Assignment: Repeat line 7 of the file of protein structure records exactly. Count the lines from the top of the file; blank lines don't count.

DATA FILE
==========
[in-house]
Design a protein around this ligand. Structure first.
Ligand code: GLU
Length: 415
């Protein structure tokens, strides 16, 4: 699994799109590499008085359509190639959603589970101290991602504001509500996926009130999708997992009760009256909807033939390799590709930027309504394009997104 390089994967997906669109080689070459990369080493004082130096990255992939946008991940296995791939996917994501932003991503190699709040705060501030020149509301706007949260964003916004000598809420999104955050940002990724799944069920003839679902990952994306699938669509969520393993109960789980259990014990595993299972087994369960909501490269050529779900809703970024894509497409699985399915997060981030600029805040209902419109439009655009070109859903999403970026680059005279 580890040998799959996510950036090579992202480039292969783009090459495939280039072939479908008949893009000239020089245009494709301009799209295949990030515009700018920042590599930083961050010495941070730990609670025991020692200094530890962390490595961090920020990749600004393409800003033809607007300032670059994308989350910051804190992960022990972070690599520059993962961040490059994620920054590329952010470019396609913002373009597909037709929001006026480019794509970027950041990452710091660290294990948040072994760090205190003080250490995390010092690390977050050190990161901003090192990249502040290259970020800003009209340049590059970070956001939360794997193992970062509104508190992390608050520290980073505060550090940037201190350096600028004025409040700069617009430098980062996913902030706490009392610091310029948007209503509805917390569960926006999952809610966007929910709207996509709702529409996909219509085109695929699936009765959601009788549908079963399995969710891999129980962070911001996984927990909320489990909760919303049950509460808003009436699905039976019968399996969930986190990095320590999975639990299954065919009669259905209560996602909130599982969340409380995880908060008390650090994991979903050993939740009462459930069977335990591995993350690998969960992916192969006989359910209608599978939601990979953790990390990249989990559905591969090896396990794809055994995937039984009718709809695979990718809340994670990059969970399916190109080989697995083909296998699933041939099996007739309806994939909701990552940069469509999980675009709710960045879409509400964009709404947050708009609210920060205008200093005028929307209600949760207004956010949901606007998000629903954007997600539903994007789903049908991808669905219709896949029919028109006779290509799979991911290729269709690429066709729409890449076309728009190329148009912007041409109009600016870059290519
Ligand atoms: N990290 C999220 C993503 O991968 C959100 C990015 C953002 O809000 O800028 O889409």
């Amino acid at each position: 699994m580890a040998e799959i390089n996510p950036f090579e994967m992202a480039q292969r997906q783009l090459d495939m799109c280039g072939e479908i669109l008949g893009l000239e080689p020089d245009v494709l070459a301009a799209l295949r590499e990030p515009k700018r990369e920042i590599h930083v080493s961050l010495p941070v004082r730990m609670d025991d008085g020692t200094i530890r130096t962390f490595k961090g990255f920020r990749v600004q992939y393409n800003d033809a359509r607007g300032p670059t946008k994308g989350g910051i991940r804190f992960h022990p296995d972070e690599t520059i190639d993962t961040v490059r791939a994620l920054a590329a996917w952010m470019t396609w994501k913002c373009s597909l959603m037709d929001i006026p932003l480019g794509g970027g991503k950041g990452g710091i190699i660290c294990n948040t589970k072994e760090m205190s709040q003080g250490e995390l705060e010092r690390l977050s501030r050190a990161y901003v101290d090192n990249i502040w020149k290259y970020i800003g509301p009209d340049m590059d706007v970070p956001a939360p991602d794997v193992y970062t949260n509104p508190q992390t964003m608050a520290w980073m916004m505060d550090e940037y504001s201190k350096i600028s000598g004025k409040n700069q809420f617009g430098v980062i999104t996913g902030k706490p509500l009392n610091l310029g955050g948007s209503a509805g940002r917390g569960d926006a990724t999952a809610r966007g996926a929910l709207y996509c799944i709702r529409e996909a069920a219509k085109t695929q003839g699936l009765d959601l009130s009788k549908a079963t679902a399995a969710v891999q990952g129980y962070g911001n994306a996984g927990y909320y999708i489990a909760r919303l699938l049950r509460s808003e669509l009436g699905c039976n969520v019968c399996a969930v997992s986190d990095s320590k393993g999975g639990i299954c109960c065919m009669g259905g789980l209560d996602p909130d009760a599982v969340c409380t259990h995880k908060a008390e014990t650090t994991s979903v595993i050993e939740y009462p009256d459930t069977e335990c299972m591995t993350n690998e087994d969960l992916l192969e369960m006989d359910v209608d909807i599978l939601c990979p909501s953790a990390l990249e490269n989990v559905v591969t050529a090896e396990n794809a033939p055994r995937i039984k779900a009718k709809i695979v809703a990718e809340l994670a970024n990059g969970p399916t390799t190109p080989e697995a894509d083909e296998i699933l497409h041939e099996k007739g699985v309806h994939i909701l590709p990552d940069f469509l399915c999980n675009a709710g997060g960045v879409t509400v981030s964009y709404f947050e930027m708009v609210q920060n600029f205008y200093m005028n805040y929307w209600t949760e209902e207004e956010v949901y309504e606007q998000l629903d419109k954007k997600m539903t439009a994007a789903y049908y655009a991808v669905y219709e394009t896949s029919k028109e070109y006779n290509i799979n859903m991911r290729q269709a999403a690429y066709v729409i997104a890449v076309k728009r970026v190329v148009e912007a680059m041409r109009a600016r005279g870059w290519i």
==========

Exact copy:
């Amino acid at each position: 699994m580890a040998e799959i390089n996510p950036f090579e994967m992202a480039q292969r997906q783009l090459d495939m799109c280039g072939e479908i669109l008949g893009l000239e080689p020089d245009v494709l070459a301009a799209l295949r590499e990030p515009k700018r990369e920042i590599h930083v080493s961050l010495p941070v004082r730990m609670d025991d008085g020692t200094i530890r130096t962390f490595k961090g990255f920020r990749v600004q992939y393409n800003d033809a359509r607007g300032p670059t946008k994308g989350g910051i991940r804190f992960h022990p296995d972070e690599t520059i190639d993962t961040v490059r791939a994620l920054a590329a996917w952010m470019t396609w994501k913002c373009s597909l959603m037709d929001i006026p932003l480019g794509g970027g991503k950041g990452g710091i190699i660290c294990n948040t589970k072994e760090m205190s709040q003080g250490e995390l705060e010092r690390l977050s501030r050190a990161y901003v101290d090192n990249i502040w020149k290259y970020i800003g509301p009209d340049m590059d706007v970070p956001a939360p991602d794997v193992y970062t949260n509104p508190q992390t964003m608050a520290w980073m916004m505060d550090e940037y504001s201190k350096i600028s000598g004025k409040n700069q809420f617009g430098v980062i999104t996913g902030k706490p509500l009392n610091l310029g955050g948007s209503a509805g940002r917390g569960d926006a990724t999952a809610r966007g996926a929910l709207y996509c799944i709702r529409e996909a069920a219509k085109t695929q003839g699936l009765d959601l009130s009788k549908a079963t679902a399995a969710v891999q990952g129980y962070g911001n994306a996984g927990y909320y999708i489990a909760r919303l699938l049950r509460s808003e669509l009436g699905c039976n969520v019968c399996a969930v997992s986190d990095s320590k393993g999975g639990i299954c109960c065919m009669g259905g789980l209560d996602p909130d009760a599982v969340c409380t259990h995880k908060a008390e014990t650090t994991s979903v595993i050993e939740y009462p009256d459930t069977e335990c299972m591995t993350n690998e087994d969960l992916l192969e369960m006989d359910v209608d909807i599978l939601c990979p909501s953790a990390l990249e490269n989990v559905v591969t050529a090896e396990n794809a033939p055994r995937i039984k779900a009718k709809i695979v809703a990718e809340l994670a970024n990059g969970p399916t390799t190109p080989e697995a894509d083909e296998i699933l497409h041939e099996k007739g699985v309806h994939i909701l590709p990552d940069f469509l399915c999980n675009a709710g997060g960045v879409t509400v981030s964009y709404f947050e930027m708009v609210q920060n600029f205008y200093m005028n805040y929307w209600t949760e209902e207004e956010v949901y309504e606007q998000l629903d419109k954007k997600m539903t439009a994007a789903y049908y655009a991808v669905y219709e394009t896949s029919k028109e070109y006779n290509i799979n859903m991911r290729q269709a999403a690429y066709v729409i997104a890449v076309k728009r970026v190329v148009e912007a680059m041409r109009a600016r005279g870059w290519i």